Or you can email me: dakegra@gmail.com

I like emails.

James Bond – Solo

Bond Solo

The title of William Boyd’s new Bond novel was announced today.

The new mission.
1969. A veteran secret agent. A single mission. A licence to kill.
James Bond returns.

The last couple of Bond novels have been a bit lukewarm for me, but the idea of Bond going on a solo mission strikes me as an interesting idea.

What do you think? Have you read any of the new (or indeed original) Bond stories?

http://www.jamesbondsolo.co.uk/

books in 2013: progress report

A short catch-up of the plan to read the Great Unread Book Pile. I’m eight books into 2013, and there have been some cracking reads in there. I’ve still got to write up full reviews for each, but Angelmaker by Nick Harkaway (@Harkaway) and The Shining Girls by Lauren Beukes (@Beukes) in particular were absolutely brilliant.

I’ve kind of wavered from the TBR pile a little – I was lucky enough to get an advance copy of The Shining Girls from the lovely Hannah and Kate at HarperCollins (@KillerReads) which promptly bustled all other books out of the way and was devoured over the course of a weekend. Glorious stuff, time travelling serial killers and a girl who didn’t die. It’s out soon, so keep your eyes peeled.

Angelmaker has also gone and won The Red Tentacle Award for best novel at The Kitschies. Congratulations to Nick on both the award, and his epic suit.

Similarly ARCs of The Teleportation Accident, London Falling and Fade to Black also appeared. The first was so-so, with some lovely characters (well, brilliantly described and written characters), but doing… well, nothing that I could work out. Meh.

London Falling, on the other hand, was superb. A darker, nastier take on the magical London scene, kind of a grittier Whispers of London. Can’t wait for the sequel.

I finished Fade to Black yesterday. It was pretty good – interesting characters doing interesting things in a world that I’d not come across before. Again, there’s a sequel on the way and I’m looking forward to it.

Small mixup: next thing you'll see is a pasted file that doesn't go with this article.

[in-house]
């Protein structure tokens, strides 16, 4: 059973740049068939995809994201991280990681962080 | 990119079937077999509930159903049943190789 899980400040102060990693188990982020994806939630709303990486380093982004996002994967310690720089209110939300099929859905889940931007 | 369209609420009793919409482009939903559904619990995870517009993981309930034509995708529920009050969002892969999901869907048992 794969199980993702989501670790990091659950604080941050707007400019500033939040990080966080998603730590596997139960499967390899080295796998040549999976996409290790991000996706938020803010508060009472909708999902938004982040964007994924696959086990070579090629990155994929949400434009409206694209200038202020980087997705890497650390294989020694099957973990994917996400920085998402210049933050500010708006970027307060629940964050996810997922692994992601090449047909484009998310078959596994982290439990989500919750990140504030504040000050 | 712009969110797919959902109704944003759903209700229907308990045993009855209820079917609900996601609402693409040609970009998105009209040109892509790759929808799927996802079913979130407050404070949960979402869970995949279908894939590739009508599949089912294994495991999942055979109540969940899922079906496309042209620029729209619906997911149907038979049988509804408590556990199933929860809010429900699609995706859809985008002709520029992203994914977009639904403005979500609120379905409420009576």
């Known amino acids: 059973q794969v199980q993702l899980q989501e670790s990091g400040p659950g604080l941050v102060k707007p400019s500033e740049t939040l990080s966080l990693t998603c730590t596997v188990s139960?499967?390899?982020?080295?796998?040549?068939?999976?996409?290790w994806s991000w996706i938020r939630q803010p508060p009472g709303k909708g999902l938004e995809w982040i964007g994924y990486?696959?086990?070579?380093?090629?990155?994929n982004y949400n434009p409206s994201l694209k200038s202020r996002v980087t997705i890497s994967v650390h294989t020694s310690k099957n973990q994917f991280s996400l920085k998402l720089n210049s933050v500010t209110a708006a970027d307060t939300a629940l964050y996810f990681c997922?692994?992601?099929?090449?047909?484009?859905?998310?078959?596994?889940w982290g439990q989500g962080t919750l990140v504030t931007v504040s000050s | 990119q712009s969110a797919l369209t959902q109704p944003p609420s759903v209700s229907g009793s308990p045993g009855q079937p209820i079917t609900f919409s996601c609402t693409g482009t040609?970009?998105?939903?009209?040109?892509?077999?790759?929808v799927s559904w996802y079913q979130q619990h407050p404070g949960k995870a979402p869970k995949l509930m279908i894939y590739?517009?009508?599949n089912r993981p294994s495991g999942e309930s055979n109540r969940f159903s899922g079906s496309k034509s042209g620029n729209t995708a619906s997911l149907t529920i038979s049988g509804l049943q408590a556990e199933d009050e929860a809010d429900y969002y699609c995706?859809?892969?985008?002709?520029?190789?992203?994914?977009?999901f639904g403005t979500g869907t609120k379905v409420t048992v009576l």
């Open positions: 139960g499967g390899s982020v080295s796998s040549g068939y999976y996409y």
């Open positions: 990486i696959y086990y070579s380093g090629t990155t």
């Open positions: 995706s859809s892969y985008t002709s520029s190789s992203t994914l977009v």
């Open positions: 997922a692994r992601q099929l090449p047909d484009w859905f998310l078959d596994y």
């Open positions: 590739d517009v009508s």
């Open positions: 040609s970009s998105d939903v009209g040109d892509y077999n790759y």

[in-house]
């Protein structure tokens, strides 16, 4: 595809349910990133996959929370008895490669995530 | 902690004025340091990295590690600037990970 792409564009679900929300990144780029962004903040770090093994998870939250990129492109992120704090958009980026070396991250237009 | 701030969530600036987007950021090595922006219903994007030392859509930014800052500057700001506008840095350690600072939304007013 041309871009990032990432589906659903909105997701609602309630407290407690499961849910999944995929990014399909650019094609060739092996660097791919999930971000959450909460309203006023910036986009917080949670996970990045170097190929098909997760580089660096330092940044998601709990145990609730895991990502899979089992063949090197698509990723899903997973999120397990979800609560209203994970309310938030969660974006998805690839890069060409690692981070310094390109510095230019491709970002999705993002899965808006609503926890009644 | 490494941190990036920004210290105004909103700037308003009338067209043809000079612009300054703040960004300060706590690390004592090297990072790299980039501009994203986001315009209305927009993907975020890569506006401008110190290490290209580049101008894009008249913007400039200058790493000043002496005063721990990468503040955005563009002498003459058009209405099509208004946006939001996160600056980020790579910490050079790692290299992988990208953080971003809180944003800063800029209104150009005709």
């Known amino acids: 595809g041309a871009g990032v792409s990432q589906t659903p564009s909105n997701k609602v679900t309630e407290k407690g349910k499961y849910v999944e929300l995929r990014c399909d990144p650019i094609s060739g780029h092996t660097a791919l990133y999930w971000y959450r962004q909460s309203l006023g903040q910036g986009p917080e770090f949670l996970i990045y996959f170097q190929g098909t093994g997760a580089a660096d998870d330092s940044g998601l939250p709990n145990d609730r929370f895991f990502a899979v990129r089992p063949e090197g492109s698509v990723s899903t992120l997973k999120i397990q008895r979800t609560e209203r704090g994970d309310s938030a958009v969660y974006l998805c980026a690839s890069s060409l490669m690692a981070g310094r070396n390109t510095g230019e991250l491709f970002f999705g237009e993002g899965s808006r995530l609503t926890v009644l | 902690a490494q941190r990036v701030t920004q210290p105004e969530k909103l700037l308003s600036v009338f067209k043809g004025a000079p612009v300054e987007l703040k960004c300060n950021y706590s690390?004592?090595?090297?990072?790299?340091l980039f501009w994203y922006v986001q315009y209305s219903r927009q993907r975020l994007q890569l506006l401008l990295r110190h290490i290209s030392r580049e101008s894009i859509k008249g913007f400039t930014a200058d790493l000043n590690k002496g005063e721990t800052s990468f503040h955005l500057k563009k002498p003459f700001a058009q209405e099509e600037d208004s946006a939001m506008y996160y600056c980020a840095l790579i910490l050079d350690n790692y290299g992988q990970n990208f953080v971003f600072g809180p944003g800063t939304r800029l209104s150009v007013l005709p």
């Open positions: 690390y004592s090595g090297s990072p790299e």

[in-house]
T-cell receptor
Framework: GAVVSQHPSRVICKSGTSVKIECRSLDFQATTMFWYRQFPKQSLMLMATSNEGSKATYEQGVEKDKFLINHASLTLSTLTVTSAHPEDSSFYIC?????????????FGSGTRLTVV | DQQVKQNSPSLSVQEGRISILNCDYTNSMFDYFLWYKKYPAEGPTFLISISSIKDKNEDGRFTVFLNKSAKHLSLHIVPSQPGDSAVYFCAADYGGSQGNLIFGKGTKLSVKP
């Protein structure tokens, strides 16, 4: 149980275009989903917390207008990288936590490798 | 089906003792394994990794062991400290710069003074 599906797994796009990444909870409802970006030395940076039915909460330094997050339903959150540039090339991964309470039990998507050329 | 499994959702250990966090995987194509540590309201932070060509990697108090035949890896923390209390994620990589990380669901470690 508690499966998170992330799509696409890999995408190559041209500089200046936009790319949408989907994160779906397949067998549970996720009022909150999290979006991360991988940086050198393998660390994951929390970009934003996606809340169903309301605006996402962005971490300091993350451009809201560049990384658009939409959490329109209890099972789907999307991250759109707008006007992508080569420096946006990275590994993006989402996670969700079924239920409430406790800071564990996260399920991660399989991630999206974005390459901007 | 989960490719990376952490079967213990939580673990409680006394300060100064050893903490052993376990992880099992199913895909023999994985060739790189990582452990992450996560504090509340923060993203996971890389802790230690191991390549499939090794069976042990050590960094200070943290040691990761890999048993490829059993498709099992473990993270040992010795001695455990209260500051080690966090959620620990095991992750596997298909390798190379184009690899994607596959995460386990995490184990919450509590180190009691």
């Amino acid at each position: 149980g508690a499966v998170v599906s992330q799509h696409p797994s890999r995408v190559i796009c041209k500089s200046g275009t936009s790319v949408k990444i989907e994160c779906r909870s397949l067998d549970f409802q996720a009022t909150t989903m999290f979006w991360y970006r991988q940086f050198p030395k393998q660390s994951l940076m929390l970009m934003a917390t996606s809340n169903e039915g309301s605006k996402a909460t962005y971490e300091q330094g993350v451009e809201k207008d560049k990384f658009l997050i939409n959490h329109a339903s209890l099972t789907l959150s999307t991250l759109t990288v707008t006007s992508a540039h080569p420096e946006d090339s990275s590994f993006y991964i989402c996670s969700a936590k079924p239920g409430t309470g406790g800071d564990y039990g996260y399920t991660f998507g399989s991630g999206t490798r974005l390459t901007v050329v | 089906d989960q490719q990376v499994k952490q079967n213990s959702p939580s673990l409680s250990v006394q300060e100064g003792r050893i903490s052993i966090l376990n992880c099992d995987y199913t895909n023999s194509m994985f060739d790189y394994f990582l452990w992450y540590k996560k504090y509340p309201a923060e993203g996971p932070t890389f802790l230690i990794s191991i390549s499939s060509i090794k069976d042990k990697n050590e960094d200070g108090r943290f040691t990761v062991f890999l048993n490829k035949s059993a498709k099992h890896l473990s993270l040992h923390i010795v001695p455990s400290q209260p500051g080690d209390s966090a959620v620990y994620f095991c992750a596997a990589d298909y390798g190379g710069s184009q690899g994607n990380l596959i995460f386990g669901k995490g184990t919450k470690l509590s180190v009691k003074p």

I’ve had a couple of other recommendations to investigate, but am (at the moment) being good and attacking the TBR pile once more.

Read so far in 2013:
The Right Way to Do Wrong, by Harry Houdini
The Shining Girls, by Lauren Beukes
The Teleportation Accident, by Ned Beauman
Racing Through the Dark: The Fall and Rise of David Millar, by David Millar
Railsea, by China Mieville
London Falling, by Paul Cornell
Angelmaker, by Nick Harkaway
Fade to Black (Rojan Dizon Novels), by Francis Knight
Currently reading:
From Russia with Love, by Ian Fleming (part of my eternally late BlogalongaBondathon)

 

So, dear reader. What books have you read and enjoyed lately?

DaBloPoMo – a recap

Well well, dear reader. Here we are on day ten of #DaBloPoMo[1]. It’s been going quite well thus far, I think.

I’ve talked about a number of things thus far. On day 1 we had a chat about amusing spam, followed up by a post prompted by @LeedsBookClub talking about the film Labyrinth, in which you can see me playing with my ball.

No, it’s an crystal[1] juggling ball. Filthy minds, you lot.

Did you watch the videos I failed to embed? Really, you should. Let me try again.

Day 3 and I was playing with a pulp fiction cover generator.

Then I talked about being a stationery geek. This post got picked up on The Pen Addict’s Ink Links and blog views went nuts. Well, relatively. Tons more views than usual. Still getting traffic now from it. Thanks Pen Addict!

I had a chat about coffee, then rambled at length about ebooks and kindles. Another good post for views, that one.

That led onto my love affair with books, prompted by Becs of Bits and Bobs Becs. She left a great comment on the ebook post too, with a link to a wonderful letter by Harper Lee.

Following up the book theme, I looked at interesting things found inside books, with particular reference to something awesome I found in a lovely little book of poetry.

Then yesterday I was a little ill, so left you with a photo of a tree.

It’s been a busy ten days, dear reader. I’ve got a whole host of other things to natter on about in February. Watch this space!

[1] Dave’s Blog Posting Month. But then you knew that, right?
[2] ok, ok, it’s clear acrylic. Still looks cool.

Things found inside books

inscription